I actually agree with you, but the problem doesn't lie with the MSF, it's the lazy and impulsive nature of the American public.

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It take 6 to 12 months of training to teach someone to learn how to turn a bike on. Find the friction zone shift through the gears learn how to stop the motorcycle and stress that they look way into a turn before taking it??? And I'm the dumb one? I passed the cc riders class with a perfect score of 0. U were allowed 20 pts at the time to pass this course. I did it at the age of 15. And your trying to tell me an experienced rider that has Owned multiple bike and hast put over 150k miles on my bikes that I won't be able to pass your class. Sir I can do it on one wheel u pick front or back. Or would u prefer I drag knee all over your parking lot? U guys are barely teaching riders how a bike works. And just two days of seat time isn't enough to gain a m1 license. I think your course should be at least 4 weekends long instead of one even if it would cost 500 bucks. I only paid 75 dollars at the time to take mine. I'm not sitting here saying u don't teach anything. I'm saying you guys in my opinion don't teach enough. I'd say a couple weekends in that parking lot would be good. Then maybe take them out in the streets for a couple days too following you.
Nick, I never said you were dumb, nor did I assuage your riding abilities. You wrote that you could teach the course yourself and I know that you can't without training as a RiderCoach.

Once again, all the BRC is for is to teach the basics of safe operation of a motorcycle, and we do it very well. I have turned many, many people from total novices--never even sat on a motorcycle--to people who could safely pilot a motorcycle enough so they can practice their skills more. That's how our system works.

You didn't answer my question: would you have paid over $1000 to take a riding course when you were 15 1/2? It's $75 for teens because the State sets that amount. Adults pay $250, so 4-week course would cost well over $1000 (especially if you want to add a street-riding component). Since training isn't mandatory, people would just do what they did in the old days: teach themselves how to ride.

The MSF is adding more advanced courses to its cirricula, which you'll start seeing next year. Of course, they can't teach you anything because you're SO DAMN GOOD!!!!
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Old 01-12-2010, 10:26 AM   #73
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I would pay it. I know your gonna say well that's easy to say now. But if u really can teach a person how to "ride" ride for 1000 bucks so they can properly operate a bike. Wouldn't you say it's worth it? Or u can pay the 250 and barely learn how to operate a motorcycle and end up crashing if not killing yourself in a short amount of time. I'd go with the 1000bucks and actually have someone that knows what they're doing take the time to teach me how to properly handle a motorcycle on dry and on wet roads. Idk that's just my opinion. Nowadays I see way to many squids out riding around that just passed there msf class and crash bad within a month later cause they didn't know how to handle their bikes.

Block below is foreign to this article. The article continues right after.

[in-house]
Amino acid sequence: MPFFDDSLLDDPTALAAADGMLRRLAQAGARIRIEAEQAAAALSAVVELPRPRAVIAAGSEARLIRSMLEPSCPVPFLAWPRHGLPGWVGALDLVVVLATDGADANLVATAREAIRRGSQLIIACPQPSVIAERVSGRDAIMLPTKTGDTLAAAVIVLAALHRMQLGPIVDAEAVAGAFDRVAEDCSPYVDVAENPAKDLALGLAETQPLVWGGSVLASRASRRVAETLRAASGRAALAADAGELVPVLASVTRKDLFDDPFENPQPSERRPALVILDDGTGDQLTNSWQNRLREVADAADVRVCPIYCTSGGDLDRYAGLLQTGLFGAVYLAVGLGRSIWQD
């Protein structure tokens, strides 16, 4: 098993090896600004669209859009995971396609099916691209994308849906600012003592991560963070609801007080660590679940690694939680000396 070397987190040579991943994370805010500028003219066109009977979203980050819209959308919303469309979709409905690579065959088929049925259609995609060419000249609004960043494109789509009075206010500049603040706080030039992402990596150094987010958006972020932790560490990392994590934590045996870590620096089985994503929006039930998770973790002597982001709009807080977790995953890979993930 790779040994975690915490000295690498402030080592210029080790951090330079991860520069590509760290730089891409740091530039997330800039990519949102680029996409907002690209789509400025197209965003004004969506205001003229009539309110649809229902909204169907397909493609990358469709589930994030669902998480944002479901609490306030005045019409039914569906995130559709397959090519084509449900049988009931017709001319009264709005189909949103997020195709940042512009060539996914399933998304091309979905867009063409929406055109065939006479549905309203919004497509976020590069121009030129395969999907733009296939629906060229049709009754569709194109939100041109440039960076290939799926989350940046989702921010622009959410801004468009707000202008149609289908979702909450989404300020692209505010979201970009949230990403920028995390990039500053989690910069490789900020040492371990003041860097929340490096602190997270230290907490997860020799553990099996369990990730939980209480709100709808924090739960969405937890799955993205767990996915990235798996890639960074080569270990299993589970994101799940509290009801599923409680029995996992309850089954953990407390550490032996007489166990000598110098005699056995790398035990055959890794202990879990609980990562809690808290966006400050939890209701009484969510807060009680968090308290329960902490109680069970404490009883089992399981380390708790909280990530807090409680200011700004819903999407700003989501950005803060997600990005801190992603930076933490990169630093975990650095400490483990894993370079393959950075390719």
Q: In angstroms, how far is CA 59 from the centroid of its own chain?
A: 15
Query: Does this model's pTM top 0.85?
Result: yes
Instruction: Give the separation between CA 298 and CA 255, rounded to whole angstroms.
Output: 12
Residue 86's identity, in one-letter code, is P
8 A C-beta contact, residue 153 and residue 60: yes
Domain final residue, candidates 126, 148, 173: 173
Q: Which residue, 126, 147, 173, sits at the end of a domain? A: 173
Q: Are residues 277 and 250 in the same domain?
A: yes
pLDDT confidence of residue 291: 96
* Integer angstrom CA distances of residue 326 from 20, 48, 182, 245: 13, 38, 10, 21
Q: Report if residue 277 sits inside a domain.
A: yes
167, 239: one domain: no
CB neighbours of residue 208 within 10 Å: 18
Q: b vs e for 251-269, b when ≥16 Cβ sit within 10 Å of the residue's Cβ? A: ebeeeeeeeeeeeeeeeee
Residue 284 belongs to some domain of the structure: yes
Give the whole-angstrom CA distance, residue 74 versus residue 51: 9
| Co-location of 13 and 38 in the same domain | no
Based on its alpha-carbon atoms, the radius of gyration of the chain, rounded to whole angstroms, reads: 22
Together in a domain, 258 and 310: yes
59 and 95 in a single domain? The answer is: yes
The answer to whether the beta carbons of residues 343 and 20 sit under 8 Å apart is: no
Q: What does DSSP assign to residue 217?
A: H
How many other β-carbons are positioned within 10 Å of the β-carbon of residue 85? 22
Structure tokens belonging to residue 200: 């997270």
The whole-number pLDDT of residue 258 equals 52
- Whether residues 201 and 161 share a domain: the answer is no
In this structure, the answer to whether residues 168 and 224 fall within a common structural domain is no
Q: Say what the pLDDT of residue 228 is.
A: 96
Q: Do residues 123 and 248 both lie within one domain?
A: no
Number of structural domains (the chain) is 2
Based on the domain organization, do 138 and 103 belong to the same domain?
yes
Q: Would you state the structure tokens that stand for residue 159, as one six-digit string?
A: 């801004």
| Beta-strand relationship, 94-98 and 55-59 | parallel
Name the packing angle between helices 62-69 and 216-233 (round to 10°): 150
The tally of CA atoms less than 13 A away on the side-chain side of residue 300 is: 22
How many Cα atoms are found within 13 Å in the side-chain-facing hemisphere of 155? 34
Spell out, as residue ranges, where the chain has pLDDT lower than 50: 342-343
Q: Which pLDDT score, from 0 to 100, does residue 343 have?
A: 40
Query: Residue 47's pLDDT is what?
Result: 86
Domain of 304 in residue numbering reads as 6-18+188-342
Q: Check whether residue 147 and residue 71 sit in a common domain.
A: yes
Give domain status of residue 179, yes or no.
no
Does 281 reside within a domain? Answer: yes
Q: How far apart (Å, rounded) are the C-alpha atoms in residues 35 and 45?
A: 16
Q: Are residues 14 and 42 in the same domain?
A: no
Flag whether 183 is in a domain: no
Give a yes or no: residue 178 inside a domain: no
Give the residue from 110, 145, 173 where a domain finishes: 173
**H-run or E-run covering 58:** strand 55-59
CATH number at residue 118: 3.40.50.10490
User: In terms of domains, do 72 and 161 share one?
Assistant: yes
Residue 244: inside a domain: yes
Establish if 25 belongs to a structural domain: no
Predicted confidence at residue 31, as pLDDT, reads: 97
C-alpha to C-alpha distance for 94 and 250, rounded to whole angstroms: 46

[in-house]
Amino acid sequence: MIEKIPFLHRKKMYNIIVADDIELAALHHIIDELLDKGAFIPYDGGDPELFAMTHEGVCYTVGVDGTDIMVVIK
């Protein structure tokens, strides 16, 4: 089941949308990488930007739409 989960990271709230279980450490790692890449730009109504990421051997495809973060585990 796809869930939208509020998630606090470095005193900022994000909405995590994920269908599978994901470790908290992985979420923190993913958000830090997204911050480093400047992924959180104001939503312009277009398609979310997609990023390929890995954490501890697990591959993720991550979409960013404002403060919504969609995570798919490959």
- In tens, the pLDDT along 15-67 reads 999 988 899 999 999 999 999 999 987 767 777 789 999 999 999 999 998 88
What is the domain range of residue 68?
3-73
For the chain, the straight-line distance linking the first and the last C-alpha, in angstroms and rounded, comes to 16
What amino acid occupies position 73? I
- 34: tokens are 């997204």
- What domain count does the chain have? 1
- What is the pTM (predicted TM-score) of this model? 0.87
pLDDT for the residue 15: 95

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Old 01-12-2010, 10:33 AM   #74
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It's about frickin' time.



Gabe, I think that we only have anecdotal evidence on the tiered licensing topic because there have been few (maybe no) studies. In one case, there are countries that do it. And in the other we have those that don't. In the United States, where the all-mighty dollar rules the government, you'll have several industries throwing millions of dollars at our legislators to defeat even the thought of appropriating some cash to conduct such a study. You won't have to look too closely to see that a lot of the money will come from the "motorcycle rights groups" which are supposed to be looking out for our best interests.
We are supposed to be proponents of safety while representing a culture of independence. I have mixed feelings about the government protecting us from ourselves. Seatbelts, helmets, riding in the back of pick up trucks, no smoking, what's next?

Truth be told, I would rather see governement money be awarded to motorcycle safety groups in the form of grants to promote moto safety and at least get every rider through an MSF course. But to start fining owners of motos who don't have M1's is short sighted as usual.
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Old 01-12-2010, 11:20 AM   #75
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Riding, just like driving is a previlige... not a right. The thing is the government has made it 'TOO' accessible that it doesn't take much to get licensed in the US.

I'm not saying one should charge an arm and a leg to get one, but at least make the procedure a bit more comprehensive and up to date... also make it compulsory to learn it.